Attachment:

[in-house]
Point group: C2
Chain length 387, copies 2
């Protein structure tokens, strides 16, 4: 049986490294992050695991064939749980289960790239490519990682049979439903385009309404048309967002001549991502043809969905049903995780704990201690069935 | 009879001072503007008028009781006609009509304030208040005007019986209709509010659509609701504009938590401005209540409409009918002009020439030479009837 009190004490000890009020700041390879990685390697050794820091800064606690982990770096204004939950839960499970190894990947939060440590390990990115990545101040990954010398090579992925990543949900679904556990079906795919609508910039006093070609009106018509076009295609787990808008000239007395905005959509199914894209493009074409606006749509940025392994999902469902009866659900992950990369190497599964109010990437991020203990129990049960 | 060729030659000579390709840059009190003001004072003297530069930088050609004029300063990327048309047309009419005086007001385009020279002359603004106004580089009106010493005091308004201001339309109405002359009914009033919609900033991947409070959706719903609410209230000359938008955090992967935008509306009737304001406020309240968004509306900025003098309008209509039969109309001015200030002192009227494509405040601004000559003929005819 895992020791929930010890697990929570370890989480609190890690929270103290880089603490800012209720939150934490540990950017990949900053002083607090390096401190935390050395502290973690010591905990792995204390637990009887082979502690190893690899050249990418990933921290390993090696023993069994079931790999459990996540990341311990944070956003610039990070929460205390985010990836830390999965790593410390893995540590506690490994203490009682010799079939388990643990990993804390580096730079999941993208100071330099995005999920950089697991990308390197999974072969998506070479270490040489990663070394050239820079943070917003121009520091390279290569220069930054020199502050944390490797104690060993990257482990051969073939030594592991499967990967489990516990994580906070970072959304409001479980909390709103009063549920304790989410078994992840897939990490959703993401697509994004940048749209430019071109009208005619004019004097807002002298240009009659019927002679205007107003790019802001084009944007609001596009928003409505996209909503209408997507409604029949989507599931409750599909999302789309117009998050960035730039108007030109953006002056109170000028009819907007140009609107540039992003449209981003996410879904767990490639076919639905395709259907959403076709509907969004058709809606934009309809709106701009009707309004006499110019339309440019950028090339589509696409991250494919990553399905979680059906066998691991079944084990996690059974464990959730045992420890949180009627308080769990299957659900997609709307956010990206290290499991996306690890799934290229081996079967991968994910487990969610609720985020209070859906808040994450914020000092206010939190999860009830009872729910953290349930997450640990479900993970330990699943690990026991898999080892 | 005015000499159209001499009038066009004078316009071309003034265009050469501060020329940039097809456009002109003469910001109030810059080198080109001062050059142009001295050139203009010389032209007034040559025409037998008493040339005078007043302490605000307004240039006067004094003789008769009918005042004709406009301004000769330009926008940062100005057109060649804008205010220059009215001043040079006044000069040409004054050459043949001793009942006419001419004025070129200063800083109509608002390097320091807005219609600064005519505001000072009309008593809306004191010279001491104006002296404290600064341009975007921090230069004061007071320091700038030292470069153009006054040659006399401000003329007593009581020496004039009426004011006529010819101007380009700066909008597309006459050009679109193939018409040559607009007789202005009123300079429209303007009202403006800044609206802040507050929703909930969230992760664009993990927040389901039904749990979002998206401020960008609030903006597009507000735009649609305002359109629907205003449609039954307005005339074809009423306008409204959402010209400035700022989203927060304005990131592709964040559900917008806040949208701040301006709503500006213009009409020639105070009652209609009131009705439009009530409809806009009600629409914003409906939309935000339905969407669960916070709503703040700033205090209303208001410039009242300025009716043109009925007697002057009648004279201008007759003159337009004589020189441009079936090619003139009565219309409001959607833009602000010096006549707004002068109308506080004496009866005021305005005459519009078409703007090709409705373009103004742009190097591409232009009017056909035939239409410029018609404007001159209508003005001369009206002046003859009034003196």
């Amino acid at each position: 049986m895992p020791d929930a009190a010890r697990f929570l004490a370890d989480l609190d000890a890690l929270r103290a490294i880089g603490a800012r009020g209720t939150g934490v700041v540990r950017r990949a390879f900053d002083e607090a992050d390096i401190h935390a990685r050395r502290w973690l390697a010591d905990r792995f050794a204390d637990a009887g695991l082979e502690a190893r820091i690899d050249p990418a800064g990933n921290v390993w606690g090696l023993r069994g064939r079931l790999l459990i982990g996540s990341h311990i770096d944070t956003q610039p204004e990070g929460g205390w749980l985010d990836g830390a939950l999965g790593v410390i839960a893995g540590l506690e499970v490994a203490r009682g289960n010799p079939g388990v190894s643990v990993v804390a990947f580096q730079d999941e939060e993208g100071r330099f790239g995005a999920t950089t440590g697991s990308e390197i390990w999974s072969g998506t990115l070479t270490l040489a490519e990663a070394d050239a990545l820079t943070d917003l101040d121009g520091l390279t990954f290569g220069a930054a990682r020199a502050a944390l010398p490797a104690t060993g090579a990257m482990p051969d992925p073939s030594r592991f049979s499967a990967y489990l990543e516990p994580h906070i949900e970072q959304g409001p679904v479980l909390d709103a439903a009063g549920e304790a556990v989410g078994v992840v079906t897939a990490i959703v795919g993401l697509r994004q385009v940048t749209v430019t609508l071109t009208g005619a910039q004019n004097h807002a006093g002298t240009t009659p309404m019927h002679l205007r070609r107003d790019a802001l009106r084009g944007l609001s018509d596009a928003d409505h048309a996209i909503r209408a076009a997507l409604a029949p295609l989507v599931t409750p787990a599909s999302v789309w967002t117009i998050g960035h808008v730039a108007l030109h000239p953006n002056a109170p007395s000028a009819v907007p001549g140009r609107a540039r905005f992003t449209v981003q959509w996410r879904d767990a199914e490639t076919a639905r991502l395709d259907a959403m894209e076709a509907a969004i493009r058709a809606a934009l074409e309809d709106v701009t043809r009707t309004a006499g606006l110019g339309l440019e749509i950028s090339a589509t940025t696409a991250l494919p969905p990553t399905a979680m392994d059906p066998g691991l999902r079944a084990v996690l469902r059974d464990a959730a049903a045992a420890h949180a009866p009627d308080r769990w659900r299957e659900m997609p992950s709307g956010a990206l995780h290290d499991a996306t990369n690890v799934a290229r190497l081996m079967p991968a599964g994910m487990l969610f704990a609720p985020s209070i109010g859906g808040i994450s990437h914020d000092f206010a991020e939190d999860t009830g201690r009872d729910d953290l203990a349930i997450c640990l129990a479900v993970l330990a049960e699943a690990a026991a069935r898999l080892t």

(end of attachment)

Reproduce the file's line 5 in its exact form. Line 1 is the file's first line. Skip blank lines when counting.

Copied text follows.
């Amino acid at each position: 049986m895992p020791d929930a009190a010890r697990f929570l004490a370890d989480l609190d000890a890690l929270r103290a490294i880089g603490a800012r009020g209720t939150g934490v700041v540990r950017r990949a390879f900053d002083e607090a992050d390096i401190h935390a990685r050395r502290w973690l390697a010591d905990r792995f050794a204390d637990a009887g695991l082979e502690a190893r820091i690899d050249p990418a800064g990933n921290v390993w606690g090696l023993r069994g064939r079931l790999l459990i982990g996540s990341h311990i770096d944070t956003q610039p204004e990070g929460g205390w749980l985010d990836g830390a939950l999965g790593v410390i839960a893995g540590l506690e499970v490994a203490r009682g289960n010799p079939g388990v190894s643990v990993v804390a990947f580096q730079d999941e939060e993208g100071r330099f790239g995005a999920t950089t440590g697991s990308e390197i390990w999974s072969g998506t990115l070479t270490l040489a490519e990663a070394d050239a990545l820079t943070d917003l101040d121009g520091l390279t990954f290569g220069a930054a990682r020199a502050a944390l010398p490797a104690t060993g090579a990257m482990p051969d992925p073939s030594r592991f049979s499967a990967y489990l990543e516990p994580h906070i949900e970072q959304g409001p679904v479980l909390d709103a439903a009063g549920e304790a556990v989410g078994v992840v079906t897939a990490i959703v795919g993401l697509r994004q385009v940048t749209v430019t609508l071109t009208g005619a910039q004019n004097h807002a006093g002298t240009t009659p309404m019927h002679l205007r070609r107003d790019a802001l009106r084009g944007l609001s018509d596009a928003d409505h048309a996209i909503r209408a076009a997507l409604a029949p295609l989507v599931t409750p787990a599909s999302v789309w967002t117009i998050g960035h808008v730039a108007l030109h000239p953006n002056a109170p007395s000028a009819v907007p001549g140009r609107a540039r905005f992003t449209v981003q959509w996410r879904d767990a199914e490639t076919a639905r991502l395709d259907a959403m894209e076709a509907a969004i493009r058709a809606a934009l074409e309809d709106v701009t043809r009707t309004a006499g606006l110019g339309l440019e749509i950028s090339a589509t940025t696409a991250l494919p969905p990553t399905a979680m392994d059906p066998g691991l999902r079944a084990v996690l469902r059974d464990a959730a049903a045992a420890h949180a009866p009627d308080r769990w659900r299957e659900m997609p992950s709307g956010a990206l995780h290290d499991a996306t990369n690890v799934a290229r190497l081996m079967p991968a599964g994910m487990l969610f704990a609720p985020s209070i109010g859906g808040i994450s990437h914020d000092f206010a991020e939190d999860t009830g201690r009872d729910d953290l203990a349930i997450c640990l129990a479900v993970l330990a049960e699943a690990a026991a069935r898999l080892t």